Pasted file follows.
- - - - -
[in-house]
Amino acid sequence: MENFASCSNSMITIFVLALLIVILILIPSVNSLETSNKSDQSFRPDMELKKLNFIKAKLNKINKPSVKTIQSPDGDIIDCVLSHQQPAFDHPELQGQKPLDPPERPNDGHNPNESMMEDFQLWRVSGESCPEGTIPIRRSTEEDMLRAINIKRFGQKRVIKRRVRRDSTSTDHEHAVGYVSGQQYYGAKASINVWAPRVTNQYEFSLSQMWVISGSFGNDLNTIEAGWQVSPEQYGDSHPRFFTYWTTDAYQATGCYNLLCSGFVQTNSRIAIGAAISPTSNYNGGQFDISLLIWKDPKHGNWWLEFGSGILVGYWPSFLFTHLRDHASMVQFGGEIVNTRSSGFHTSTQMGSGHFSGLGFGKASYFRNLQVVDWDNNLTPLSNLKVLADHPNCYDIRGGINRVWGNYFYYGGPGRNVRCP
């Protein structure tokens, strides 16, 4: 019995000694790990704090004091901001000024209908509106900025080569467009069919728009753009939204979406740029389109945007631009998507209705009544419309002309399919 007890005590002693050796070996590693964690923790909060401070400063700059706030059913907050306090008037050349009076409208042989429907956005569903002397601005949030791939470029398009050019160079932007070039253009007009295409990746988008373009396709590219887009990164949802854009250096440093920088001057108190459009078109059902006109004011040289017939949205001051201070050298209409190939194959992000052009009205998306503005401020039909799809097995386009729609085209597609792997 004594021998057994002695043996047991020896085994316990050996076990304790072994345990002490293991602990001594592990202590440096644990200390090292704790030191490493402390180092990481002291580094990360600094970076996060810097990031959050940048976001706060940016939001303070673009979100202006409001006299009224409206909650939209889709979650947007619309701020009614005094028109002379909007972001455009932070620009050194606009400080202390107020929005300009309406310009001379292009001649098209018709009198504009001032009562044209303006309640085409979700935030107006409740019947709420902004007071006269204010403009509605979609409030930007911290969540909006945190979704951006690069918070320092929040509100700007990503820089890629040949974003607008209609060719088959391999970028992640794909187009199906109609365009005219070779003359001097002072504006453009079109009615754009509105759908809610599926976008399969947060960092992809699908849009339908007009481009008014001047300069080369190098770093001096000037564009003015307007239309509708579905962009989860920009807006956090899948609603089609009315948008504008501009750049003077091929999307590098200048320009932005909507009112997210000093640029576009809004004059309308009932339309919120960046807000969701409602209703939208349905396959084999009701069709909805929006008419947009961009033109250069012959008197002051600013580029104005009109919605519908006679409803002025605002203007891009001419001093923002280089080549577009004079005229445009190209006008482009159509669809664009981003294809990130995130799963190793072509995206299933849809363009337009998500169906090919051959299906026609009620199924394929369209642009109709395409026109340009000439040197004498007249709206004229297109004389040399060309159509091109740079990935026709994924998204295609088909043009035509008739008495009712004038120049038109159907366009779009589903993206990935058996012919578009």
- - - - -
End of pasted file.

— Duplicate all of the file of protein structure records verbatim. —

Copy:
[in-house]
Amino acid sequence: MENFASCSNSMITIFVLALLIVILILIPSVNSLETSNKSDQSFRPDMELKKLNFIKAKLNKINKPSVKTIQSPDGDIIDCVLSHQQPAFDHPELQGQKPLDPPERPNDGHNPNESMMEDFQLWRVSGESCPEGTIPIRRSTEEDMLRAINIKRFGQKRVIKRRVRRDSTSTDHEHAVGYVSGQQYYGAKASINVWAPRVTNQYEFSLSQMWVISGSFGNDLNTIEAGWQVSPEQYGDSHPRFFTYWTTDAYQATGCYNLLCSGFVQTNSRIAIGAAISPTSNYNGGQFDISLLIWKDPKHGNWWLEFGSGILVGYWPSFLFTHLRDHASMVQFGGEIVNTRSSGFHTSTQMGSGHFSGLGFGKASYFRNLQVVDWDNNLTPLSNLKVLADHPNCYDIRGGINRVWGNYFYYGGPGRNVRCP
């Protein structure tokens, strides 16, 4: 019995000694790990704090004091901001000024209908509106900025080569467009069919728009753009939204979406740029389109945007631009998507209705009544419309002309399919 007890005590002693050796070996590693964690923790909060401070400063700059706030059913907050306090008037050349009076409208042989429907956005569903002397601005949030791939470029398009050019160079932007070039253009007009295409990746988008373009396709590219887009990164949802854009250096440093920088001057108190459009078109059902006109004011040289017939949205001051201070050298209409190939194959992000052009009205998306503005401020039909799809097995386009729609085209597609792997 004594021998057994002695043996047991020896085994316990050996076990304790072994345990002490293991602990001594592990202590440096644990200390090292704790030191490493402390180092990481002291580094990360600094970076996060810097990031959050940048976001706060940016939001303070673009979100202006409001006299009224409206909650939209889709979650947007619309701020009614005094028109002379909007972001455009932070620009050194606009400080202390107020929005300009309406310009001379292009001649098209018709009198504009001032009562044209303006309640085409979700935030107006409740019947709420902004007071006269204010403009509605979609409030930007911290969540909006945190979704951006690069918070320092929040509100700007990503820089890629040949974003607008209609060719088959391999970028992640794909187009199906109609365009005219070779003359001097002072504006453009079109009615754009509105759908809610599926976008399969947060960092992809699908849009339908007009481009008014001047300069080369190098770093001096000037564009003015307007239309509708579905962009989860920009807006956090899948609603089609009315948008504008501009750049003077091929999307590098200048320009932005909507009112997210000093640029576009809004004059309308009932339309919120960046807000969701409602209703939208349905396959084999009701069709909805929006008419947009961009033109250069012959008197002051600013580029104005009109919605519908006679409803002025605002203007891009001419001093923002280089080549577009004079005229445009190209006008482009159509669809664009981003294809990130995130799963190793072509995206299933849809363009337009998500169906090919051959299906026609009620199924394929369209642009109709395409026109340009000439040197004498007249709206004229297109004389040399060309159509091109740079990935026709994924998204295609088909043009035509008739008495009712004038120049038109159907366009779009589903993206990935058996012919578009």